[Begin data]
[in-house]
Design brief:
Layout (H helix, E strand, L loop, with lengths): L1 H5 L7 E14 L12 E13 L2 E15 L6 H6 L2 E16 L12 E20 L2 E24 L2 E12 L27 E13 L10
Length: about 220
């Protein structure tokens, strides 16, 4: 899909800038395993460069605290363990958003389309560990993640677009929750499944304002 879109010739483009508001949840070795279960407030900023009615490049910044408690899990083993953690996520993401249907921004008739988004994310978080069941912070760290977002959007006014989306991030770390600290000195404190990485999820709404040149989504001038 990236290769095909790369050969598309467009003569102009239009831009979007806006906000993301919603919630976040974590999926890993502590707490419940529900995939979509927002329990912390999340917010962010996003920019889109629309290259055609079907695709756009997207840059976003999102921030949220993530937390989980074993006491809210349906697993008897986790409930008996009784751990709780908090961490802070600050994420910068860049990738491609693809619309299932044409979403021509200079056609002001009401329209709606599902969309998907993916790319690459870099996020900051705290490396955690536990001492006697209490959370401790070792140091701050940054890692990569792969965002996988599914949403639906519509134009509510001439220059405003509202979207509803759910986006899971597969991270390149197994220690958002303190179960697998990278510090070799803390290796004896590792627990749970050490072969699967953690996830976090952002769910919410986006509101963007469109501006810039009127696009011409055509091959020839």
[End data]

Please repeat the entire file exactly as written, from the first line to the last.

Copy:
[in-house]
Design brief:
Layout (H helix, E strand, L loop, with lengths): L1 H5 L7 E14 L12 E13 L2 E15 L6 H6 L2 E16 L12 E20 L2 E24 L2 E12 L27 E13 L10
Length: about 220
């Protein structure tokens, strides 16, 4: 899909800038395993460069605290363990958003389309560990993640677009929750499944304002 879109010739483009508001949840070795279960407030900023009615490049910044408690899990083993953690996520993401249907921004008739988004994310978080069941912070760290977002959007006014989306991030770390600290000195404190990485999820709404040149989504001038 990236290769095909790369050969598309467009003569102009239009831009979007806006906000993301919603919630976040974590999926890993502590707490419940529900995939979509927002329990912390999340917010962010996003920019889109629309290259055609079907695709756009997207840059976003999102921030949220993530937390989980074993006491809210349906697993008897986790409930008996009784751990709780908090961490802070600050994420910068860049990738491609693809619309299932044409979403021509200079056609002001009401329209709606599902969309998907993916790319690459870099996020900051705290490396955690536990001492006697209490959370401790070792140091701050940054890692990569792969965002996988599914949403639906519509134009509510001439220059405003509202979207509803759910986006899971597969991270390149197994220690958002303190179960697998990278510090070799803390290796004896590792627990749970050490072969699967953690996830976090952002769910919410986006509101963007469109501006810039009127696009011409055509091959020839």